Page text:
A group of local congregations and organizations will host an ecumenical outdoor worship service at Turner Pavilion Sunday, April 23, at 9:45 a.m.

“We were initially planning to host this service back in 2020, which would have celebrated the 50th Anniversary of Earth Day, but because of COVID-19, those plans had to be shelved. This year, we decided to revisit the idea, and we’re excited to move forward, even if three years later,” said Lauren Eanes, pastor at Muhlenberg Lutheran Church.

In a press release, the groups explained that as the impacts of environmental degradation linked to human activity were becoming more widespread and apparent, the urgency to address the crisis led to the first Earth Day observance back in 1970. A bipartisan effort in Congress, led by Senator Gaylord Nelson, D-Wisconsin, and Representative Pete McClosky, R-California, sought to harness the energy of student activism to raise awareness and spur action to protect the environment.

Since then, more than 190 countries and more than 1 billion people, have participated in Earth Day events around the globe, the press release stated.

“Our desire to care for creation is rooted in our faith. We believe we are called to be good stewards of God's creation. Our calling compels us to repent of the ways that our human living has damaged God's Earth, and to stand with those who suffer most acutely from the injustices and harms caused by pollution and environmental degradation," said Krista Showalter Ehst, pastor at Shalom Mennonite Congregation. “This worship service is an opportunity for us to come together, across denominations, to recommit to the work of Creation care and stewardship.”

An offering will be received with proceeds going to Give Solar, a local organization that helps local non-profits shift to clean energy and improve energy efficiency. Funds raised will go, specifically, to finance the completion of this work at the Shenandoah Valley Black Heritage Center.

“During this Lent and Easter season at Trinity, we have been focusing on racism that hits close to home — both within the Presbyterian Church (USA) and here in Harrisonburg. We had decided to work with the Shenandoah Valley Black Heritage Center as part of that focus already. When this group started asking about a way to raise money for a local project, Jeff Heie mentioned this opportunity. In our church, we call that a Holy Spirit moment. We’re excited for this project, which touches both on Creation care and justice work, which are intricately related to each other,” said Stephanie Sorge, pastor of Trinity Presbyterian Church.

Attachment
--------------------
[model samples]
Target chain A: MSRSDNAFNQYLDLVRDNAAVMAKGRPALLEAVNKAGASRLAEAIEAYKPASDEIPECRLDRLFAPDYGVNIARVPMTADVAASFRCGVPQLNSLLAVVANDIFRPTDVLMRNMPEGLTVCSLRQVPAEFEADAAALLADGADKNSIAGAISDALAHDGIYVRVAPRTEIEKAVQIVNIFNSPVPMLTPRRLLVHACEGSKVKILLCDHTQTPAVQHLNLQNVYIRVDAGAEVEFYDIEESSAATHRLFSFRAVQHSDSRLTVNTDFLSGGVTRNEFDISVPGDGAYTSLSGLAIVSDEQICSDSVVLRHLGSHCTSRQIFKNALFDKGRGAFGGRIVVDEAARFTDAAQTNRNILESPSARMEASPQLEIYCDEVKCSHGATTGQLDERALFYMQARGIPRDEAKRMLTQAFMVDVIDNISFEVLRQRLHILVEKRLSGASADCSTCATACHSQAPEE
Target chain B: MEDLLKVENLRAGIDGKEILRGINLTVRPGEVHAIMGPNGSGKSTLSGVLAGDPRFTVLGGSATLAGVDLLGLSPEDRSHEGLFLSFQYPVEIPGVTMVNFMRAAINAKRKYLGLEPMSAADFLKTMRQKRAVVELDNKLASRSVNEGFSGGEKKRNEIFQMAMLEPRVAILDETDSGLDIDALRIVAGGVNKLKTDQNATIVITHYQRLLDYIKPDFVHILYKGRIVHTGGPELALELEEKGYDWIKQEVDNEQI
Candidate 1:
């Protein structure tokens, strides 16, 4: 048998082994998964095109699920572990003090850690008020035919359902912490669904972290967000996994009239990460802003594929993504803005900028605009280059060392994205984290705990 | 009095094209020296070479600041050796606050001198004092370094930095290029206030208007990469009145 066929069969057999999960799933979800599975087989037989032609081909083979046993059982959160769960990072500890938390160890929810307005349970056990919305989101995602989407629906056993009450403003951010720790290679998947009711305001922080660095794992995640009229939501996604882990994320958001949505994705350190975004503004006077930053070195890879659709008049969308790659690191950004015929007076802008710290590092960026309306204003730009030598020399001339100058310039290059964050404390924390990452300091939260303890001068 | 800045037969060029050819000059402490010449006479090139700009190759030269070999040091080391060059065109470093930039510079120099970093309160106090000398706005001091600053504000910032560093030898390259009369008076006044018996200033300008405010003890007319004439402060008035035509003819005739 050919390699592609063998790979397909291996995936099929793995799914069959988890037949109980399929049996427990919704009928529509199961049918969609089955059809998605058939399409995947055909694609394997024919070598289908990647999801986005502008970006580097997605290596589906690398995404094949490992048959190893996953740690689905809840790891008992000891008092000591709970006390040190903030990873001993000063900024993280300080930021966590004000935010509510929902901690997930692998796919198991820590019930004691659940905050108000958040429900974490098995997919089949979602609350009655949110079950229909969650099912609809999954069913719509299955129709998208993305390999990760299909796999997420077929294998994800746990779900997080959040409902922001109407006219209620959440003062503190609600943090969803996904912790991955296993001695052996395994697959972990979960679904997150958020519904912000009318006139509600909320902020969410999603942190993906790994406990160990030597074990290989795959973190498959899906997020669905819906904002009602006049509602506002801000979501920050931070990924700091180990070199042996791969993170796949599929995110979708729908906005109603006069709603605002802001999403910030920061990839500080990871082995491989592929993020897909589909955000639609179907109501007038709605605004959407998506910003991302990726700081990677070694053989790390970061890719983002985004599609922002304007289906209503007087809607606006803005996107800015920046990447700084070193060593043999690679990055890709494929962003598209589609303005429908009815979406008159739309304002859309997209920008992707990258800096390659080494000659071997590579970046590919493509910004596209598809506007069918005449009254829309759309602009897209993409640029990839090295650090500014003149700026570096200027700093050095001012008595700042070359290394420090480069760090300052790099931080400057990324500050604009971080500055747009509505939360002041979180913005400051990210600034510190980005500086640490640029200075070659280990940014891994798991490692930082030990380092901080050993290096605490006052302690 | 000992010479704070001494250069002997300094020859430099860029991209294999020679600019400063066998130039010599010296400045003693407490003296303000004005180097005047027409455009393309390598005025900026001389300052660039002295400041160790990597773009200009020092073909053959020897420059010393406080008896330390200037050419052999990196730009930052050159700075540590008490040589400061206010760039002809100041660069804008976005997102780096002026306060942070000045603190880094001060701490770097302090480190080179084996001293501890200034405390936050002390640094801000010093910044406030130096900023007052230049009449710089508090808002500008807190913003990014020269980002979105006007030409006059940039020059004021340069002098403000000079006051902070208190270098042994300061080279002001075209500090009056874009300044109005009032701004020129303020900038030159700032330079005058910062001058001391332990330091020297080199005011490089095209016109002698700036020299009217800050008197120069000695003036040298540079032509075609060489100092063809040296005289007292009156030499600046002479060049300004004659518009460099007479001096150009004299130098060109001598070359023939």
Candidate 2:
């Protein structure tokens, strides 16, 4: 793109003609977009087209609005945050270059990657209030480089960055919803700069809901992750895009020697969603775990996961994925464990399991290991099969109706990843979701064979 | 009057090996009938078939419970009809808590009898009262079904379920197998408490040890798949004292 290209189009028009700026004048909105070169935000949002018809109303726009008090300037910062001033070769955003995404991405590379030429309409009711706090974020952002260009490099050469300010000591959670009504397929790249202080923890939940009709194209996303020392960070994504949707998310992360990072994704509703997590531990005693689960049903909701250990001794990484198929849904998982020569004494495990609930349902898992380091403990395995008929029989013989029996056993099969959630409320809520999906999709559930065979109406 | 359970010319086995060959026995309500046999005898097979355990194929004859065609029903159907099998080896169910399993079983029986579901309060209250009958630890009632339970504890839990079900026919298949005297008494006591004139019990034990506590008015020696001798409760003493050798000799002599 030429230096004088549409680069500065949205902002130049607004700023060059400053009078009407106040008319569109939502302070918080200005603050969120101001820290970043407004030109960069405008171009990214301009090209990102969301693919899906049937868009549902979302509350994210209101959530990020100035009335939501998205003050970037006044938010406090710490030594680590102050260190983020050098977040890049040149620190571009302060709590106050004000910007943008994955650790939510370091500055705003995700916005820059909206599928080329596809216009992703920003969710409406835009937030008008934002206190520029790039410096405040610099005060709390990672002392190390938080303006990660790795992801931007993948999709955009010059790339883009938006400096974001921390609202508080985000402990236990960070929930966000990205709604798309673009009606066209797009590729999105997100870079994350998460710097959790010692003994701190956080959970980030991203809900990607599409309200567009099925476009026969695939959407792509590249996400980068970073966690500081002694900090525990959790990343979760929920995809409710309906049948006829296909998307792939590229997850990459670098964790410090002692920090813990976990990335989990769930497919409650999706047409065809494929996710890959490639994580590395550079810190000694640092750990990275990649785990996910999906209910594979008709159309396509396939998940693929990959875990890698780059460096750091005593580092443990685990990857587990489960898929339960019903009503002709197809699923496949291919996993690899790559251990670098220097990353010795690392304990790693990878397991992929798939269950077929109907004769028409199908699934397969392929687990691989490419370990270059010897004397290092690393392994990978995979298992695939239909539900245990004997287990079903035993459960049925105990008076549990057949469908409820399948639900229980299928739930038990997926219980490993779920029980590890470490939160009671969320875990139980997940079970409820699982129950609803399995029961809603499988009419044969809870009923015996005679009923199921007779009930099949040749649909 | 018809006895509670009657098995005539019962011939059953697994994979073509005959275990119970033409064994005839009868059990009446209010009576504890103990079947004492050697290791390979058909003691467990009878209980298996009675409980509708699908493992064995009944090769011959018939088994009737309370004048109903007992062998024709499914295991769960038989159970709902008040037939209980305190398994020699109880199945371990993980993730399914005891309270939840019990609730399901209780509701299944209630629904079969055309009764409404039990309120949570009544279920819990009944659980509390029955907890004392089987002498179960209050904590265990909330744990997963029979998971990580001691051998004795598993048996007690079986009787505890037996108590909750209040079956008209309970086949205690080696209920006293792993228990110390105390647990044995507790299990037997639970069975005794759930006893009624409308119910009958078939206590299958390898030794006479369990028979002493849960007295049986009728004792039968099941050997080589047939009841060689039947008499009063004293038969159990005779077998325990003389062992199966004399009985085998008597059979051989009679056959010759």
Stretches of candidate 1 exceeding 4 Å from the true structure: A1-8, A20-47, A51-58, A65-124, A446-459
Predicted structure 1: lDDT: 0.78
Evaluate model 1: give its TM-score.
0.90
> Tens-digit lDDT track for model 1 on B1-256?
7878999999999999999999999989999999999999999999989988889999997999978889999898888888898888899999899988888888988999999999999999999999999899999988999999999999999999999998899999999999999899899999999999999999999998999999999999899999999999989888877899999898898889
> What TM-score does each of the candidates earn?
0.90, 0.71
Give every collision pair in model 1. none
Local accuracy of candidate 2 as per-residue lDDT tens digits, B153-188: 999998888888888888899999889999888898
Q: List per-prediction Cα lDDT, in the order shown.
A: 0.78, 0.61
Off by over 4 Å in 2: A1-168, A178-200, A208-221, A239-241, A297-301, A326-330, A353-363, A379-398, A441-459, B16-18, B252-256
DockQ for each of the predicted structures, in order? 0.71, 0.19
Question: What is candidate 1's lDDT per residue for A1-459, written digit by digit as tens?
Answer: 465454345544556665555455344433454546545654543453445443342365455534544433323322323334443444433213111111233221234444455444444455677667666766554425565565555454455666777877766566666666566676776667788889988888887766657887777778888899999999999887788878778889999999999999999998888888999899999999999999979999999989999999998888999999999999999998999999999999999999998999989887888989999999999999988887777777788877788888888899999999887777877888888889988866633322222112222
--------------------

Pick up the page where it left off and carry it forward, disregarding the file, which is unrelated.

The event will take place at Turner Pavilion on Sunday, April 23, with worship beginning at 9:45 a.m. Tables from participating congregations and organizations will be set up on the western side of the Pavilion, and on the eastern side, quiet, supervised activities will be offered for preschool and elementary aged kids, the press release stated.

Participating congregations and local groups include Asbury United Methodist Church, Climate Action Alliance of the Valley, Community Mennonite Church (Green Congregation Committee), Eastern Mennonite University Office of Faith and Spiritual Life, Give Solar, Muhlenberg Lutheran Church, St. Stephen’s United Church of Christ, Shalom Mennonite Congregation, Shenandoah Valley Black Heritage Center, Shenandoah Valley Faith and Climate, Shenandoah Valley Soil and Water Conservation District, and Trinity Presbyterian Church.

Any and all are welcome to attend the service, regardless of faith or affiliation.

More information can be found at http://harrisonburgearthdayworship.com/Email Individuals who want to contribute to the Give Solar project at Shenandoah Valley Black Heritage Center may do so at this link: qrco.de/bdsJmJ

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